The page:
Vast areas and endangered species a priority
Anchorage, Alaska (Oct. 3, 2005) -- More than 150 of the best nature photographers in the world gathered in Anchorage, Alaska, to discuss how photography can contribute to the conservation community's efforts in protecting wilderness areas and endangered species around the world.
The Conservation Photography Symposium opened with visual presentations by top names in the profession like legendary photographers, Art Wolfe and David Doubilet. Topics include timely ecological and social issues, such as global warming, cultures at the edge of extinction, and the illegal trade in wildlife.
Over the next four days, the photographers will discuss ways in which images can further contribute to the conservation agenda. The Symposium, sponsored by National Geographic, Conservation International and Asociación Sierra Madre, will culminate on October 6th when the participants will toast the official launch of the International League of Conservation Photographers, an initiative spearheaded by the WILD Foundation to harness the power of images for conservation goals. Finally the Symposium will present conservation recommendations to the 8th World Wilderness Congress.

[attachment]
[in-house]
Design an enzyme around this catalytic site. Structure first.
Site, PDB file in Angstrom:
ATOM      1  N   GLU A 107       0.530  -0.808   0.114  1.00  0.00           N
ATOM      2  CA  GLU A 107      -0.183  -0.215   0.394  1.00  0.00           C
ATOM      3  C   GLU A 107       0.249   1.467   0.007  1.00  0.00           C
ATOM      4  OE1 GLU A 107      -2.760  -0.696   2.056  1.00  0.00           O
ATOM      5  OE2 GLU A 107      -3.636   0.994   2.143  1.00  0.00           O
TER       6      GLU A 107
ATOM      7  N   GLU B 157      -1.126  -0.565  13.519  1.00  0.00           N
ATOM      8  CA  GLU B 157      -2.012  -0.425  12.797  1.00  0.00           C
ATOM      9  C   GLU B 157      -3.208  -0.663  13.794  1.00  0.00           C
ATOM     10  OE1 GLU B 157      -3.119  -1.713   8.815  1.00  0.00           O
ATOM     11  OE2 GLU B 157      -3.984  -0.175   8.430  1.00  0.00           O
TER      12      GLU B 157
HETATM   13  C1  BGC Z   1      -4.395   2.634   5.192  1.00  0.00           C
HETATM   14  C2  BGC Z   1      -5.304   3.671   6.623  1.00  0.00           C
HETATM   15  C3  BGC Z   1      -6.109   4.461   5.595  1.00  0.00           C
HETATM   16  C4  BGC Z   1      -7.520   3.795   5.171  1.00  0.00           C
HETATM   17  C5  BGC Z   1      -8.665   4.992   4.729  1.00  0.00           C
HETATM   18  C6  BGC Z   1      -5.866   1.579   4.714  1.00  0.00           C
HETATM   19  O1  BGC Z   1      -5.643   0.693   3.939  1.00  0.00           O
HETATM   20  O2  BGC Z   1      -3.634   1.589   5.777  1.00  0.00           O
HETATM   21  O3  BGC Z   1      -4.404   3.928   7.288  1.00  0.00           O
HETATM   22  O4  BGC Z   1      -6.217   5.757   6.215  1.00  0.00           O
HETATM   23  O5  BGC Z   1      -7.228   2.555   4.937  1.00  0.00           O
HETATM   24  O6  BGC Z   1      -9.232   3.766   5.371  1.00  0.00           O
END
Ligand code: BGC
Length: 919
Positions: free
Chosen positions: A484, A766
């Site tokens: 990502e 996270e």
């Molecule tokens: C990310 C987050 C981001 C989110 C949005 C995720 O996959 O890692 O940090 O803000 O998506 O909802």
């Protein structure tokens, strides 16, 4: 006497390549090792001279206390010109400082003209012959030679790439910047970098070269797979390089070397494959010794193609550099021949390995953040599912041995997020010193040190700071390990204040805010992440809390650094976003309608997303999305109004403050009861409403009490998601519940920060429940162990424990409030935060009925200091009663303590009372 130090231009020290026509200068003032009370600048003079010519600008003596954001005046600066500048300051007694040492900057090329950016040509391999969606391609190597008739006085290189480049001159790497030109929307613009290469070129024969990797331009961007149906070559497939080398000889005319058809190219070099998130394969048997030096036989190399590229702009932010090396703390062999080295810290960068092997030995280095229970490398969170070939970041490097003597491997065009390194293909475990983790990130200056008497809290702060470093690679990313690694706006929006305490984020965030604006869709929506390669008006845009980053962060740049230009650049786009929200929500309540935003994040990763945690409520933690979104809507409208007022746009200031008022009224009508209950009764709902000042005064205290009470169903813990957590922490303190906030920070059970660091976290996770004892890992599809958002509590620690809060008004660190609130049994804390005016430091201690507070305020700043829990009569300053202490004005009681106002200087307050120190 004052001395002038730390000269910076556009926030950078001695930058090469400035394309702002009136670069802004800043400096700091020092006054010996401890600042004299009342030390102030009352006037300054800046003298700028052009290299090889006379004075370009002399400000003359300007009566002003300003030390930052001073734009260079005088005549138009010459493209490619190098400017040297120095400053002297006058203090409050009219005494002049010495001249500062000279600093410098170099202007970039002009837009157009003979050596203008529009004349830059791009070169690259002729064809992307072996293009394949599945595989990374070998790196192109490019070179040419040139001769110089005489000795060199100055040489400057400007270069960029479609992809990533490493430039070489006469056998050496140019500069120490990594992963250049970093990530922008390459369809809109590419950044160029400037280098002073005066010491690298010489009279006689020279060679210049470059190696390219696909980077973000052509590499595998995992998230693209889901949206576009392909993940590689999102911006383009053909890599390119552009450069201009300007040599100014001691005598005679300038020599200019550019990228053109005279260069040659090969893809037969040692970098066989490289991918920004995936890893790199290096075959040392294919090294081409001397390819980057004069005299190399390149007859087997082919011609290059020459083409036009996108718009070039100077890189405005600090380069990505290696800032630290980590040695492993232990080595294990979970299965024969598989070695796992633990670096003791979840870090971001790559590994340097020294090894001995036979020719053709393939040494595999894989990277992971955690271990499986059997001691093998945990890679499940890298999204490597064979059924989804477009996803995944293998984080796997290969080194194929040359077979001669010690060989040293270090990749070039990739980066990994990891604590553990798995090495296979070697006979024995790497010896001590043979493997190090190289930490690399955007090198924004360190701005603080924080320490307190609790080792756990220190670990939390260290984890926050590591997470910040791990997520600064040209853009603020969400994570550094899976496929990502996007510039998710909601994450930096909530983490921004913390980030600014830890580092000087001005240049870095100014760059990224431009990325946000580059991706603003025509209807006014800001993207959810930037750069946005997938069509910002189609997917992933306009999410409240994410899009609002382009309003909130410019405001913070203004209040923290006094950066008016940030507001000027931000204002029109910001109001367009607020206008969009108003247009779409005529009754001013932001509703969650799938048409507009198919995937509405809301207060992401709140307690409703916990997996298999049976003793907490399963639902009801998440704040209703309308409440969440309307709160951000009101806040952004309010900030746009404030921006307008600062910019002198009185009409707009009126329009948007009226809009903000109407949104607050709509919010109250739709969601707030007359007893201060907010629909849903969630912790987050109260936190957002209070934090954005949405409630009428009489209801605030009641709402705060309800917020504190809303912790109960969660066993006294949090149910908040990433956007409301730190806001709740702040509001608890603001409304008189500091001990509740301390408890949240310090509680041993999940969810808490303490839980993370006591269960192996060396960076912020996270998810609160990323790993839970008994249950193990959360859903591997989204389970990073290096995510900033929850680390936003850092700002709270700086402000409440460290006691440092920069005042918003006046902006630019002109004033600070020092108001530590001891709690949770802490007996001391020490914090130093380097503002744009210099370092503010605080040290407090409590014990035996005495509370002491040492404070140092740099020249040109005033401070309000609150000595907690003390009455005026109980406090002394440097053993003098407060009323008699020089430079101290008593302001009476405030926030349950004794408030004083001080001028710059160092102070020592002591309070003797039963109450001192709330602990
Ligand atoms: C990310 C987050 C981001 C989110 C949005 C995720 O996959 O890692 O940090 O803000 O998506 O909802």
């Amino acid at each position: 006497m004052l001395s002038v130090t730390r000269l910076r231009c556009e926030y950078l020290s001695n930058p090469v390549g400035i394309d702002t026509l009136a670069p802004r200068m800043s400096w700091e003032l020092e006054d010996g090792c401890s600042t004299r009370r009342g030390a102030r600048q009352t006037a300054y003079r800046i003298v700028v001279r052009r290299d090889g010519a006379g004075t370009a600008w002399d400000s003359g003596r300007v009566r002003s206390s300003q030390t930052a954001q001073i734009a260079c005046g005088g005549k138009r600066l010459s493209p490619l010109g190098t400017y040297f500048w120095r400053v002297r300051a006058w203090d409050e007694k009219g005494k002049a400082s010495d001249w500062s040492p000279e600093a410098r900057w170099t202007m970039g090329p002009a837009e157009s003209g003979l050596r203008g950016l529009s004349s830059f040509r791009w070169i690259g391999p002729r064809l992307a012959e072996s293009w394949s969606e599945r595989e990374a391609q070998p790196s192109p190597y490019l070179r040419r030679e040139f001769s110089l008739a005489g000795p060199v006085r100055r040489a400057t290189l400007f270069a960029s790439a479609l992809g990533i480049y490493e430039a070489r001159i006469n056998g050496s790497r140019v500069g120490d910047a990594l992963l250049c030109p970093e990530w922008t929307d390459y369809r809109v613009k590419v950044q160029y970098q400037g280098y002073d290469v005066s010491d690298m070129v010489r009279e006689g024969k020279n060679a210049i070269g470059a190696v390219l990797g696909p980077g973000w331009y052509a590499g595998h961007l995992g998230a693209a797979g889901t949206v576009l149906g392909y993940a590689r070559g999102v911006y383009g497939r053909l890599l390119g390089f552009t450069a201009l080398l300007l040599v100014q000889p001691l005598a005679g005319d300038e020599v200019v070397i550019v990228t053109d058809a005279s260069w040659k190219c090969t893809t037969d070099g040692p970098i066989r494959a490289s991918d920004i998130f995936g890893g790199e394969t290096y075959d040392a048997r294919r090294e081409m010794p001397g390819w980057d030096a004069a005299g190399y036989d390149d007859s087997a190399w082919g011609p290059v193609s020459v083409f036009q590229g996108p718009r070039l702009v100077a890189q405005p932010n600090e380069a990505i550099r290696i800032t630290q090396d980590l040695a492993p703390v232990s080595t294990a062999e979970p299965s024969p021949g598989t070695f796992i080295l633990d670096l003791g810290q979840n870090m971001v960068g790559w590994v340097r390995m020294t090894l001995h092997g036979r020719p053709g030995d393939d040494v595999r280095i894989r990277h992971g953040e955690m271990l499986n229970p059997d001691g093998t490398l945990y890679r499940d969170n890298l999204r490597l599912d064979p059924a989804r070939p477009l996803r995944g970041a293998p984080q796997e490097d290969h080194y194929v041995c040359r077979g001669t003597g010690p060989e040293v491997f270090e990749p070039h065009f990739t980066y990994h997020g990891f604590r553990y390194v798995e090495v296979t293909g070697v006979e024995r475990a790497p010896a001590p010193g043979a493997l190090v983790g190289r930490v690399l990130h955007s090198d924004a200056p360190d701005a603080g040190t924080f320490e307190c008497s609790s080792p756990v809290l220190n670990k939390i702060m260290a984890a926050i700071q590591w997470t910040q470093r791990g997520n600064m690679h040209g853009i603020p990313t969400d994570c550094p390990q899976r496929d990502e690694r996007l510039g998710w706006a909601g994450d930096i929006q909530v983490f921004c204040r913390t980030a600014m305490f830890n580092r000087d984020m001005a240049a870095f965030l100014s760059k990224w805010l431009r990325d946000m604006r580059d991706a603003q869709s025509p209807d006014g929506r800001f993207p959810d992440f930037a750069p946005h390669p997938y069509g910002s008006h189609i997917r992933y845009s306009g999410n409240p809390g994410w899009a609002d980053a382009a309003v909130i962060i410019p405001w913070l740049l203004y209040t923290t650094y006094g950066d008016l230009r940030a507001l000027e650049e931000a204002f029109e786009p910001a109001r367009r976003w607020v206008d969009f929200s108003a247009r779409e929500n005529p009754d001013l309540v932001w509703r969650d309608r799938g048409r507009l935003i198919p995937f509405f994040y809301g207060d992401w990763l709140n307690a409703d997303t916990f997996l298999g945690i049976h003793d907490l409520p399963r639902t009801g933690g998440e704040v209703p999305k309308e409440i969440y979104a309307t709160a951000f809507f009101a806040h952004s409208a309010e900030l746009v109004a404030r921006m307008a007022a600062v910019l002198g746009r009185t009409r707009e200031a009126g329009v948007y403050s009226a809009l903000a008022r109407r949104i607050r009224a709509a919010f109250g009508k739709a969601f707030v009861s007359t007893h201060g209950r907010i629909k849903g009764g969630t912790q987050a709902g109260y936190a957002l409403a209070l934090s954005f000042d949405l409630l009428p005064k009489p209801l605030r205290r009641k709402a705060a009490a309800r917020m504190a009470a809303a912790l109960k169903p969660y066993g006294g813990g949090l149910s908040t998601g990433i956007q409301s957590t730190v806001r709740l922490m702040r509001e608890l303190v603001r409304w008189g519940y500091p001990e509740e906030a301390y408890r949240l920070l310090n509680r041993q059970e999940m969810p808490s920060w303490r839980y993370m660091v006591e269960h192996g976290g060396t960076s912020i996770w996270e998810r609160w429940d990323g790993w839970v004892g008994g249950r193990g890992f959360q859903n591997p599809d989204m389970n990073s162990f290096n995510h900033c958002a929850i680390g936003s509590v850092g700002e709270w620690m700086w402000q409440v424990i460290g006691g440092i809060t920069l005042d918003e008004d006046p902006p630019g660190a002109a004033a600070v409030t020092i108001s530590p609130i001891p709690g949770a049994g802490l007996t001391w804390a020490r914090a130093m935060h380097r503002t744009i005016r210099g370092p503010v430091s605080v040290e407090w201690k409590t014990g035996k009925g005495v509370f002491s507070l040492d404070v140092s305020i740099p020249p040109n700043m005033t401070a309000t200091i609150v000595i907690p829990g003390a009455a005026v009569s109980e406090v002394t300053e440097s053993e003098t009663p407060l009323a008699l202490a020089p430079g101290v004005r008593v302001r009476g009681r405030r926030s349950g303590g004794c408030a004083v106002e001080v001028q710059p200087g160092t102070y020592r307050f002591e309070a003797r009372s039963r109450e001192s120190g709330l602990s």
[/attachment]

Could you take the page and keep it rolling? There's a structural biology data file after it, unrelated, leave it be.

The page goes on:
A major part of the gathering is a large photographic exhibit that highlights the works of many photographers attending the meeting, including National Geographic's Nick Nichols and Robert Glenn Ketchum.
"Wilderness as Seen Through the Eyes of Conservation Photographers" features almost 50 prints and is on display at the Egan Convention Center during the 8th World Wilderness Congress, in Anchorage (sep 29th – Oct. 6th). The prints are on sale to the public and the proceeds will go to supporting the conservation efforts of this dedicated group of artists through our alliance with the WILD Foundation.
A series of visual presentations open to the public and free of charge will are also taking place at the auditorium in the Alaska Public Lands Building.
Source: Eurekalert & othersLast reviewed: By John M. Grohol, Psy.D. on 21 Feb 2009
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